Author + information
- Received February 2, 2005
- Revision received April 18, 2005
- Accepted April 26, 2005
- Published online July 19, 2005.
- Francesco Burzotta, MD, PhD⁎ (, )
- Carlo Trani, MD,
- Enrico Romagnoli, MD,
- Mario Attilio Mazzari, MD,
- Antonio Giuseppe Rebuzzi, MD,
- Maria De Vita, MD,
- Barbara Garramone, MD,
- Floriana Giannico, MD,
- Giampaolo Niccoli, MD,
- Giuseppe G.L. Biondi-Zoccai, MD,
- Giovanni Schiavoni, MD,
- Rocco Mongiardo, MD and
- Filippo Crea, MD, FACC
- ↵⁎Reprint requests and correspondence:
Dr. Francesco Burzotta, Via Prati Fiscali 158, 00141 Rome, Italy
Objectives The aim of this study was to evaluate the use of a new manual thrombus-aspirating device in unselected patients with ST-segment elevation acute myocardial infarction (STEMI) undergoing urgent percutaneous coronary intervention (PCI).
Background Failure to achieve myocardial reperfusion often occurs during PCI in patients with STEMI. The use of thrombus-aspirating devices might improve myocardial reperfusion by reducing distal embolization.
Methods We prospectively randomized before coronary angiography 100 consecutive patients with STEMI to either standard PCI or PCI with manual thrombus-aspiration. Primary end points of the study were post-procedural rates of myocardial blush grade (MBG) ≥2 and ST-segment resolution (STR) ≥70%. Analyses were planned by intention to treat.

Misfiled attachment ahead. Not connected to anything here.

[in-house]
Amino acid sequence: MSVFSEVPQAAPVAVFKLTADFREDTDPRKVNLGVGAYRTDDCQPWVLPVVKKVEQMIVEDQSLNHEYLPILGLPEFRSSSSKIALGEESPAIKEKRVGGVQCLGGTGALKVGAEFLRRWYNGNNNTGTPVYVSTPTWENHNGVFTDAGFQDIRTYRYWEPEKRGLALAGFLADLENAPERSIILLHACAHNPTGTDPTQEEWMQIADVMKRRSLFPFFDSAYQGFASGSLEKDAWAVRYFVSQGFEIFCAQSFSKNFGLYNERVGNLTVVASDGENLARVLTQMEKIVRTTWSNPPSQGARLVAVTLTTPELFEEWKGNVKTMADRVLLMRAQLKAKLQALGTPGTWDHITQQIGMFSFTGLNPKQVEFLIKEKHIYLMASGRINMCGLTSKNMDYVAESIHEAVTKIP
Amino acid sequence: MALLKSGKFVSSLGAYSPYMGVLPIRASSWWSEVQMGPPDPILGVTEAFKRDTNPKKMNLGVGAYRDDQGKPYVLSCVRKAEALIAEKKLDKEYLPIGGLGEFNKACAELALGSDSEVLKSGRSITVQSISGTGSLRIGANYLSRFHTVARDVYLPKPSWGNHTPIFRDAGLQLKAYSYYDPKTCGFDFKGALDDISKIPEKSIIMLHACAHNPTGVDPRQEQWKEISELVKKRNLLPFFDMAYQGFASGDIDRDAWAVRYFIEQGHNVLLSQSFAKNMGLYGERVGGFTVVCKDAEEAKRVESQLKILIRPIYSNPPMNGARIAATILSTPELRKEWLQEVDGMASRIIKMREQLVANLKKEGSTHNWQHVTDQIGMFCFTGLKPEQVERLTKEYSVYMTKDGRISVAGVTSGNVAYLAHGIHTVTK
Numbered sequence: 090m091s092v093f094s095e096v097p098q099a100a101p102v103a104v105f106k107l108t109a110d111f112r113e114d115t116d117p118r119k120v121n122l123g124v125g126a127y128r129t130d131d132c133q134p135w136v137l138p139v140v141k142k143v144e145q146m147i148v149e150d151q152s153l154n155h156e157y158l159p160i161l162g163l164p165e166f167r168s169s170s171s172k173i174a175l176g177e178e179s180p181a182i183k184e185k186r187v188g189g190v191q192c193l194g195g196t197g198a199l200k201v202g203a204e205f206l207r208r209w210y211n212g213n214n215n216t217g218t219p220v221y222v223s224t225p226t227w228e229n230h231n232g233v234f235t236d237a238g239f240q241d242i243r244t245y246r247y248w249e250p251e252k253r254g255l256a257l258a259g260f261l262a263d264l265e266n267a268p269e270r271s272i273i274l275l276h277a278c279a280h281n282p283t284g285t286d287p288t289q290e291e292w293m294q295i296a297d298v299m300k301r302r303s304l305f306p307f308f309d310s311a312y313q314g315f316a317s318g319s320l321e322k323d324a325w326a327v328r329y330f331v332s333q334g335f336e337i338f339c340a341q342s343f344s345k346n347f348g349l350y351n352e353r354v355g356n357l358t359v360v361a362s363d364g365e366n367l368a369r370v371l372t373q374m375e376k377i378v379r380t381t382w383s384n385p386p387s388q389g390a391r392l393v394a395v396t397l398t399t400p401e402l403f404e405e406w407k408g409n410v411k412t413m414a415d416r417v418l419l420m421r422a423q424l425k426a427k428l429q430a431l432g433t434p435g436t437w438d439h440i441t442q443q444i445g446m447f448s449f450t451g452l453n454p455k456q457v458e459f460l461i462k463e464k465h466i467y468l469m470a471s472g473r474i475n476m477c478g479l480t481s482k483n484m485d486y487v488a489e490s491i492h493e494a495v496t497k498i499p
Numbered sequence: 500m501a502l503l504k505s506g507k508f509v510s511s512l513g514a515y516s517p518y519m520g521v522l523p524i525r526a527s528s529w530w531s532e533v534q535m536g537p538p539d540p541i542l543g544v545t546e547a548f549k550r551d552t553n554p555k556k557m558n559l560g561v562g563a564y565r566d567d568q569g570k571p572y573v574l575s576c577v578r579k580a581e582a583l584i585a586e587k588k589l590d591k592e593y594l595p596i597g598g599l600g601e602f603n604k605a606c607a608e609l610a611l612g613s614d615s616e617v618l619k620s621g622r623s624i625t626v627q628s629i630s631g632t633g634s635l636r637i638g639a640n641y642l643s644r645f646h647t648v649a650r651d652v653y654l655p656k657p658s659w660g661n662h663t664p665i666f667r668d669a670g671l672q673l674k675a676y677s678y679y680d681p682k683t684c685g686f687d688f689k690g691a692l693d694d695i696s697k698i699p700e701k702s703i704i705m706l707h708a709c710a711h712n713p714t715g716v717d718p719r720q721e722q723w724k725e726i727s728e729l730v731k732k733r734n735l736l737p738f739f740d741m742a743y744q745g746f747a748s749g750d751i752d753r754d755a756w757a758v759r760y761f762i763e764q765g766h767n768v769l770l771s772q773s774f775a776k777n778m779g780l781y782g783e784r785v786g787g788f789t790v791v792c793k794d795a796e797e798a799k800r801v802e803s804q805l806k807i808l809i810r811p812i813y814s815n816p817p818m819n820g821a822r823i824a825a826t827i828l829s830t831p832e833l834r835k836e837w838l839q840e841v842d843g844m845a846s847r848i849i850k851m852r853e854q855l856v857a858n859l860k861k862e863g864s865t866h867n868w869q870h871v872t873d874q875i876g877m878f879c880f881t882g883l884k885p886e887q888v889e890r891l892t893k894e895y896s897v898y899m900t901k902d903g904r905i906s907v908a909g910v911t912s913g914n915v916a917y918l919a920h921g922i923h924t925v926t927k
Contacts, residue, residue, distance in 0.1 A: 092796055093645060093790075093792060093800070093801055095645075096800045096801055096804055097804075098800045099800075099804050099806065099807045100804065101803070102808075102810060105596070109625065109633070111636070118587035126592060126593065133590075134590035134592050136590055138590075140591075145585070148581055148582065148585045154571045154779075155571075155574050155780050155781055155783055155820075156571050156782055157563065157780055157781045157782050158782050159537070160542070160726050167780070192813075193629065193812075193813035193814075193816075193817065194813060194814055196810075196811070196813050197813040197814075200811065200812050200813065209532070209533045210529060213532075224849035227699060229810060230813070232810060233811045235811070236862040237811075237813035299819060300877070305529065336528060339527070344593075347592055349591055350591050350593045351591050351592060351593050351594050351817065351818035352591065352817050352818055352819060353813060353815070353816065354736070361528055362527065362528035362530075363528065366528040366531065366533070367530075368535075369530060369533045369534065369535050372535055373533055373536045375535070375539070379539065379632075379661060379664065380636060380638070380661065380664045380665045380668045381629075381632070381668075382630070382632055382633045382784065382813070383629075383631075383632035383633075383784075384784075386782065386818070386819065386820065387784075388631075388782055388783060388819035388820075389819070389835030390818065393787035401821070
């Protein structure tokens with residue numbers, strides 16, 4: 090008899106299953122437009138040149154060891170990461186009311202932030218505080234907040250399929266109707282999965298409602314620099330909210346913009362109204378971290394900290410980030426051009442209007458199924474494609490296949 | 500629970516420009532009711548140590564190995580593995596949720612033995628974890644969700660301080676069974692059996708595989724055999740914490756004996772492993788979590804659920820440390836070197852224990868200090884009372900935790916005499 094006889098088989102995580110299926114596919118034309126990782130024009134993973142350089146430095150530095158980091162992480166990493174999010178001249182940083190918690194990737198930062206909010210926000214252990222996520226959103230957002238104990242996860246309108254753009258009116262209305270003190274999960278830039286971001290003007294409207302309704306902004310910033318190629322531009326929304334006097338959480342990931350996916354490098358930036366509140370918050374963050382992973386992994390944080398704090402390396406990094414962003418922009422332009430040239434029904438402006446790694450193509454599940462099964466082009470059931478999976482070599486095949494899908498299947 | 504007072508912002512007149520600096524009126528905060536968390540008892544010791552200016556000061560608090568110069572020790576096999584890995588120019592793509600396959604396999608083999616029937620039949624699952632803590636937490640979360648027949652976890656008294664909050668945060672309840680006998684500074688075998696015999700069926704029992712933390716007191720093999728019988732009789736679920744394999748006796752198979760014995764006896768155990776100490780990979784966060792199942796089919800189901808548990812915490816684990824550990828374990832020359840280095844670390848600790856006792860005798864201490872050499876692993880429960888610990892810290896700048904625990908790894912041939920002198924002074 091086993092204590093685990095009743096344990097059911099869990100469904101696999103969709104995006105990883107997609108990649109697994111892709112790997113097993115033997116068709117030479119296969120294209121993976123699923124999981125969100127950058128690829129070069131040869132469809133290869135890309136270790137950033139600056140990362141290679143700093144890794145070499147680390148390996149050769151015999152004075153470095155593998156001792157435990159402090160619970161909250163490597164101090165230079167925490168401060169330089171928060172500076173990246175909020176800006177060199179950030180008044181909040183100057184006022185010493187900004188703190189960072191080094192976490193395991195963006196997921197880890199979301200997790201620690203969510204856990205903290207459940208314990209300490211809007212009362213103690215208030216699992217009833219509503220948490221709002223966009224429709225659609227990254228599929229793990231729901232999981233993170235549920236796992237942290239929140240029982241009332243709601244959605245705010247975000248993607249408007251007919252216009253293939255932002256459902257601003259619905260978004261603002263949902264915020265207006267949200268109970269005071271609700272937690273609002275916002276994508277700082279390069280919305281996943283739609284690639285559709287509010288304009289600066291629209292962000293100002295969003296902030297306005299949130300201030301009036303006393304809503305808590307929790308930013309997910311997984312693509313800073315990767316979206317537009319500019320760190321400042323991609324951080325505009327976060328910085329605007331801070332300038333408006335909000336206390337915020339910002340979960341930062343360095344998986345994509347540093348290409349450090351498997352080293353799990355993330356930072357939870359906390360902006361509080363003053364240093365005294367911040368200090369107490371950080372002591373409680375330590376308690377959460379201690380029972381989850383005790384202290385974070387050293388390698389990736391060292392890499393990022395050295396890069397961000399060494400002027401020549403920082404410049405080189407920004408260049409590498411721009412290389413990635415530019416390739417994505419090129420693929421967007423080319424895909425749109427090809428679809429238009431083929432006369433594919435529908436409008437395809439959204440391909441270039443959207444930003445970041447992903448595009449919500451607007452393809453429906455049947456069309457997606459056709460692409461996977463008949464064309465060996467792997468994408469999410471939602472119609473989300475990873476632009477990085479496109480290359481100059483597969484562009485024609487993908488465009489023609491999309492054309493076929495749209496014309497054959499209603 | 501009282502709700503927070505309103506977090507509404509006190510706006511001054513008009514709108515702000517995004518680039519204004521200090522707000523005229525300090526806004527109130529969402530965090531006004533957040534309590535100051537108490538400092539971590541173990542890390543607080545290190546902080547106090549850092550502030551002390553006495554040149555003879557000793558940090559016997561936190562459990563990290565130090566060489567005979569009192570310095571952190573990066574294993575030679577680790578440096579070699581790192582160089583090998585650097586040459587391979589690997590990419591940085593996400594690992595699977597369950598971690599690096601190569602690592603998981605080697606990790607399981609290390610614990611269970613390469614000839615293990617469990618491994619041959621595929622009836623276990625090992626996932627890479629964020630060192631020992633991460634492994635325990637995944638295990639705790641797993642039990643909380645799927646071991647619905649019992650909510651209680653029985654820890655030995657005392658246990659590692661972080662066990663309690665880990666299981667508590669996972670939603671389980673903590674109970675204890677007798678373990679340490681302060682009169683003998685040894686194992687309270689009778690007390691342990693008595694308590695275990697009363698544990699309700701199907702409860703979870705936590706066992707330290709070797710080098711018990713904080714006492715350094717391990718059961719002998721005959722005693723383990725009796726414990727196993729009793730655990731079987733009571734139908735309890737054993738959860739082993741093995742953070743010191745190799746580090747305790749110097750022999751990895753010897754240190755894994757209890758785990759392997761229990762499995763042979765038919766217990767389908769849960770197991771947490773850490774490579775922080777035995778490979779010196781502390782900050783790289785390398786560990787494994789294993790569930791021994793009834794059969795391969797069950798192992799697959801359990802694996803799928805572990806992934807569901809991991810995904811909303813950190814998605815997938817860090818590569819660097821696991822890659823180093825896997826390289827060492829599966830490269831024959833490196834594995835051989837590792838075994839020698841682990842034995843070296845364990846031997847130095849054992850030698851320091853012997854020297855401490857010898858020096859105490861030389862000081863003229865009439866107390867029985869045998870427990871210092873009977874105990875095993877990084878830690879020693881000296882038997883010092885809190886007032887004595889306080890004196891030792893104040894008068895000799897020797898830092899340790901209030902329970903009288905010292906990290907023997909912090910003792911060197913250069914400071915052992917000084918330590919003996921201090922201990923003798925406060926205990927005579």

Results Ninety-nine patients entered the analyses. The rates of post-procedural MBG ≥2 and STR ≥70% were, respectively, 68.0% and 44.9% in the thrombus-aspiration group compared with 58.0% and 36.7% in the standard PCI group: odds ratio (OR) 2.6 (95% confidence interval [CI] 1.2 to 5.9), p = 0.020, and 2.4 (95% CI 1.1 to 5.3), p = 0.034, respectively. Moreover, the rate of patients achieving both the angiographic and electrocardiographic (ECG) criteria of optimal reperfusion was significantly higher in the thrombus-aspiration group compared with standard PCI: 46.0% versus 24.5%, OR 2.6 (95% CI 1.1 to 6.2), p = 0.025. In multivariate analysis, randomization to thrombus-aspiration was a significant independent predictor of achievement of MBG ≥2 and STR ≥70% (p = 0.013).
Conclusions This prospective randomized study shows that manual thrombus-aspiration in unselected patients with STEMI undergoing primary or rescue PCI is clinically feasible and results in better angiographic and ECG myocardial reperfusion rates compared with those achieved by standard PCI.
- Received February 2, 2005.
- Revision received April 18, 2005.
- Accepted April 26, 2005.
- American College of Cardiology Foundation